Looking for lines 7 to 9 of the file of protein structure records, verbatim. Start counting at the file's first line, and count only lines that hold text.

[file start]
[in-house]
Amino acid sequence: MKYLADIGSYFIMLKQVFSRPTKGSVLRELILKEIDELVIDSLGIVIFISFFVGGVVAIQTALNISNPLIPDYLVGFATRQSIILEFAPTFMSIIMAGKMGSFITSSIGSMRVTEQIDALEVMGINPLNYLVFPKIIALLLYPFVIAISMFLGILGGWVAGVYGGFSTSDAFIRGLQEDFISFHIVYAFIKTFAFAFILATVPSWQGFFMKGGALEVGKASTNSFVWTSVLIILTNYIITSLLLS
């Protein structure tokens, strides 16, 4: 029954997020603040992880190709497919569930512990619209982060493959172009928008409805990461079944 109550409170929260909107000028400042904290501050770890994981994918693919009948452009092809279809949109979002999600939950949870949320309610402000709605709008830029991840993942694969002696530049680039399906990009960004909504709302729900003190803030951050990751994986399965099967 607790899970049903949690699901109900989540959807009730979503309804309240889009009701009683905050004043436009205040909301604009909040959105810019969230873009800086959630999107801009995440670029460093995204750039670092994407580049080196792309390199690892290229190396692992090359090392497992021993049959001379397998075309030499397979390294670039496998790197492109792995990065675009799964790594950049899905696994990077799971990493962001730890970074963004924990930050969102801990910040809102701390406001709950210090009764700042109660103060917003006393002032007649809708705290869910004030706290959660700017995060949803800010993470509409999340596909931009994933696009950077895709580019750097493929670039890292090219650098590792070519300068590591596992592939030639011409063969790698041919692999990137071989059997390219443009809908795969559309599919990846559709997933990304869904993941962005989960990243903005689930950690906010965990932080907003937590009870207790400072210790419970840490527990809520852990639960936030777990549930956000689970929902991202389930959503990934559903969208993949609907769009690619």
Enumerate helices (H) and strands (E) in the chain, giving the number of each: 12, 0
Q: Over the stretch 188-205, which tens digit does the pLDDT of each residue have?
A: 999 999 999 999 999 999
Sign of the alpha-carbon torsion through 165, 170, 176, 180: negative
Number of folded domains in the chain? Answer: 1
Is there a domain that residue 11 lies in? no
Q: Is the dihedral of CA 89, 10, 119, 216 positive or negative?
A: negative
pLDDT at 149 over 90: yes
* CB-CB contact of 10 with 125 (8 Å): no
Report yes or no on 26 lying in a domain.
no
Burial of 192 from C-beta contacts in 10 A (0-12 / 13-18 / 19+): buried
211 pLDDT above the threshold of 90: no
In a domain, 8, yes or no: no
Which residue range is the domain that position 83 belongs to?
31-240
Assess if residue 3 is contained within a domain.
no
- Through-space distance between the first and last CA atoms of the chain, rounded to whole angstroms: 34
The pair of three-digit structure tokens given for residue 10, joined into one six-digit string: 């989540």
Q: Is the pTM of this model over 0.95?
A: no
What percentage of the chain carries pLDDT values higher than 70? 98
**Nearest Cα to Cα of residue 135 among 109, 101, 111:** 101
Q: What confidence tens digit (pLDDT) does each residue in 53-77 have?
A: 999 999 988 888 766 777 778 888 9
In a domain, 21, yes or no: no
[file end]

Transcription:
Sign of the alpha-carbon torsion through 165, 170, 176, 180: negative
Number of folded domains in the chain? Answer: 1
Is there a domain that residue 11 lies in? no